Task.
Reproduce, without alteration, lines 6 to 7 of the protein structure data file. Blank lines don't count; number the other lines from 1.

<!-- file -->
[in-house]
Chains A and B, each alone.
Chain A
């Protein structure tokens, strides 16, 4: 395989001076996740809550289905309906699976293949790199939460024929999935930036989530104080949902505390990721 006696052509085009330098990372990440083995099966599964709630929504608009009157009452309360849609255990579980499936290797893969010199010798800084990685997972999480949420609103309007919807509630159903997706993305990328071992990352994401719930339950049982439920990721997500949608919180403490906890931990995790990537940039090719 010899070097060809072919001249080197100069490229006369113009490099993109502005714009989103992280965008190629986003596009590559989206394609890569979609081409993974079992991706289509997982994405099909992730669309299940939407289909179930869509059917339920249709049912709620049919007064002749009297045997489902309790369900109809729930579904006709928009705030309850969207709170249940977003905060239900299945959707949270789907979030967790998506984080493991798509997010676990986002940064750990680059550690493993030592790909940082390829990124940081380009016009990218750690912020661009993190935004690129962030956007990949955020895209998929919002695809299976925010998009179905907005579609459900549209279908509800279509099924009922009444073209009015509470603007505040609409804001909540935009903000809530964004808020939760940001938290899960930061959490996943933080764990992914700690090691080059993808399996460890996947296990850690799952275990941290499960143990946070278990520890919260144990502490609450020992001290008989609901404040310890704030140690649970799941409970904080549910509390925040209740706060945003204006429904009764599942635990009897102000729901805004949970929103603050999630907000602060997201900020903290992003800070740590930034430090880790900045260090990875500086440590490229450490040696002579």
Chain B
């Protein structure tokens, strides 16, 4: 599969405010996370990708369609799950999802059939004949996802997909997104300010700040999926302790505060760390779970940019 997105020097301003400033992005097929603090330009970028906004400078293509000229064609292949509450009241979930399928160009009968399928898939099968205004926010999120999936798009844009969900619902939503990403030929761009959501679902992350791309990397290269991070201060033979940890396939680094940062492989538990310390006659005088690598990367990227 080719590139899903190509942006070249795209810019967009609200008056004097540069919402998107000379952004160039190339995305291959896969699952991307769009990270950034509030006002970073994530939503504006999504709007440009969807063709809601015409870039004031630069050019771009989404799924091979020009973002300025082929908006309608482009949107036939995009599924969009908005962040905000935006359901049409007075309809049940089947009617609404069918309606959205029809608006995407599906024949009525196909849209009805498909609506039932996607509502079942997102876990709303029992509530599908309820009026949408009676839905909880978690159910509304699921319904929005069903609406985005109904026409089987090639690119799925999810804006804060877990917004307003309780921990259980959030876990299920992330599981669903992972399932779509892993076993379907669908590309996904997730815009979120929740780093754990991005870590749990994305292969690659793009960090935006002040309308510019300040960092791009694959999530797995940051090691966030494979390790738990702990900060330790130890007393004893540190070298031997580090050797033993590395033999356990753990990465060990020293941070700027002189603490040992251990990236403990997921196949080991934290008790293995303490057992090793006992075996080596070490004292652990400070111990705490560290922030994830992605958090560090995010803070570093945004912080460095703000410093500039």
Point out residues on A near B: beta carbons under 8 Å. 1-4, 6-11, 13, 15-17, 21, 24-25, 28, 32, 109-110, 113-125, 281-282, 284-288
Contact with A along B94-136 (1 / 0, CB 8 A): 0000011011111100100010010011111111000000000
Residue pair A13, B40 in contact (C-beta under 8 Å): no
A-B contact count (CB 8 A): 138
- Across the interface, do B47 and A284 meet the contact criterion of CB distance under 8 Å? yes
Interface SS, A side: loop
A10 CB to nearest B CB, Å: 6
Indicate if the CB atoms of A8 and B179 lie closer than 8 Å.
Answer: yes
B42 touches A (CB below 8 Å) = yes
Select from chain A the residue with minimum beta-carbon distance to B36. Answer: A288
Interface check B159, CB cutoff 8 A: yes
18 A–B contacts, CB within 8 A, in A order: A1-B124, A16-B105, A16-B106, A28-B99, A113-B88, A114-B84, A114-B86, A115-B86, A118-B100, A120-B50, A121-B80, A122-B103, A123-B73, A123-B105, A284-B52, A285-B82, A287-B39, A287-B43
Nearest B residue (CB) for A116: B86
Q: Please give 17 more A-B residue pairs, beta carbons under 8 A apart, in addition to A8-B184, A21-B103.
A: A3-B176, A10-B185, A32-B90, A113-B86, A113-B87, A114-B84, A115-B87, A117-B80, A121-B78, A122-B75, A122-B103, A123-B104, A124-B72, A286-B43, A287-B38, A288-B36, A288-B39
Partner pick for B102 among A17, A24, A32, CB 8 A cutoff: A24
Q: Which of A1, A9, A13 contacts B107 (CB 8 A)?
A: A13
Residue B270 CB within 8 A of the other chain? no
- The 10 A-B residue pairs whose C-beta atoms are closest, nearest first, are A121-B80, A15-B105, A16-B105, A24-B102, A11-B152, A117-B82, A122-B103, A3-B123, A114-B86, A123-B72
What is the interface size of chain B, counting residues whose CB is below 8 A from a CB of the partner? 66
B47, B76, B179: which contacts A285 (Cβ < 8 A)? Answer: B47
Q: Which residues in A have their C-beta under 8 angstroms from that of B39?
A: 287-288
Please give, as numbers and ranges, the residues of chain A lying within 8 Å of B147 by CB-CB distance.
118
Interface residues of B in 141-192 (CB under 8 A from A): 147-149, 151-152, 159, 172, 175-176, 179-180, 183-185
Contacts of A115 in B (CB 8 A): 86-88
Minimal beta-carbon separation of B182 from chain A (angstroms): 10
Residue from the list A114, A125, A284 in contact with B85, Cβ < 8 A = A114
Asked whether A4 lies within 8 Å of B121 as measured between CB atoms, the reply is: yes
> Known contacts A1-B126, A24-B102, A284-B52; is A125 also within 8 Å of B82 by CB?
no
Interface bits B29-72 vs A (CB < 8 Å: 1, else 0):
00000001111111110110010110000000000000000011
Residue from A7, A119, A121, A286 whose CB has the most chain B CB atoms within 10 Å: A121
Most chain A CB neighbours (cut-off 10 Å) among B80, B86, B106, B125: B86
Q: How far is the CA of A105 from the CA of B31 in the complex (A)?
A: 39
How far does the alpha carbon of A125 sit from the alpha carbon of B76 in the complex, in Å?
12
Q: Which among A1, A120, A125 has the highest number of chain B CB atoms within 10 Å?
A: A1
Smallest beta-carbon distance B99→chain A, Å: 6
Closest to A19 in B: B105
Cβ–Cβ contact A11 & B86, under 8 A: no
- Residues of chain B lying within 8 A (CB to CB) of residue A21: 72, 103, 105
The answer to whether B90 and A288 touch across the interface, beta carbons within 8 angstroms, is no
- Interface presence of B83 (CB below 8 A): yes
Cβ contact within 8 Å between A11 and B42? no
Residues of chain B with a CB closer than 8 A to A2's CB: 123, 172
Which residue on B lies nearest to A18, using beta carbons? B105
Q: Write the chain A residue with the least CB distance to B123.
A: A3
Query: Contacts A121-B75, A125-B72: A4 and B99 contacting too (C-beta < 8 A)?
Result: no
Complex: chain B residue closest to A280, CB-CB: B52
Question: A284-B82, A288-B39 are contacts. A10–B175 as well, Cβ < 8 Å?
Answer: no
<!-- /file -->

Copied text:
């Protein structure tokens, strides 16, 4: 599969405010996370990708369609799950999802059939004949996802997909997104300010700040999926302790505060760390779970940019 997105020097301003400033992005097929603090330009970028906004400078293509000229064609292949509450009241979930399928160009009968399928898939099968205004926010999120999936798009844009969900619902939503990403030929761009959501679902992350791309990397290269991070201060033979940890396939680094940062492989538990310390006659005088690598990367990227 080719590139899903190509942006070249795209810019967009609200008056004097540069919402998107000379952004160039190339995305291959896969699952991307769009990270950034509030006002970073994530939503504006999504709007440009969807063709809601015409870039004031630069050019771009989404799924091979020009973002300025082929908006309608482009949107036939995009599924969009908005962040905000935006359901049409007075309809049940089947009617609404069918309606959205029809608006995407599906024949009525196909849209009805498909609506039932996607509502079942997102876990709303029992509530599908309820009026949408009676839905909880978690159910509304699921319904929005069903609406985005109904026409089987090639690119799925999810804006804060877990917004307003309780921990259980959030876990299920992330599981669903992972399932779509892993076993379907669908590309996904997730815009979120929740780093754990991005870590749990994305292969690659793009960090935006002040309308510019300040960092791009694959999530797995940051090691966030494979390790738990702990900060330790130890007393004893540190070298031997580090050797033993590395033999356990753990990465060990020293941070700027002189603490040992251990990236403990997921196949080991934290008790293995303490057992090793006992075996080596070490004292652990400070111990705490560290922030994830992605958090560090995010803070570093945004912080460095703000410093500039």
Point out residues on A near B: beta carbons under 8 Å. 1-4, 6-11, 13, 15-17, 21, 24-25, 28, 32, 109-110, 113-125, 281-282, 284-288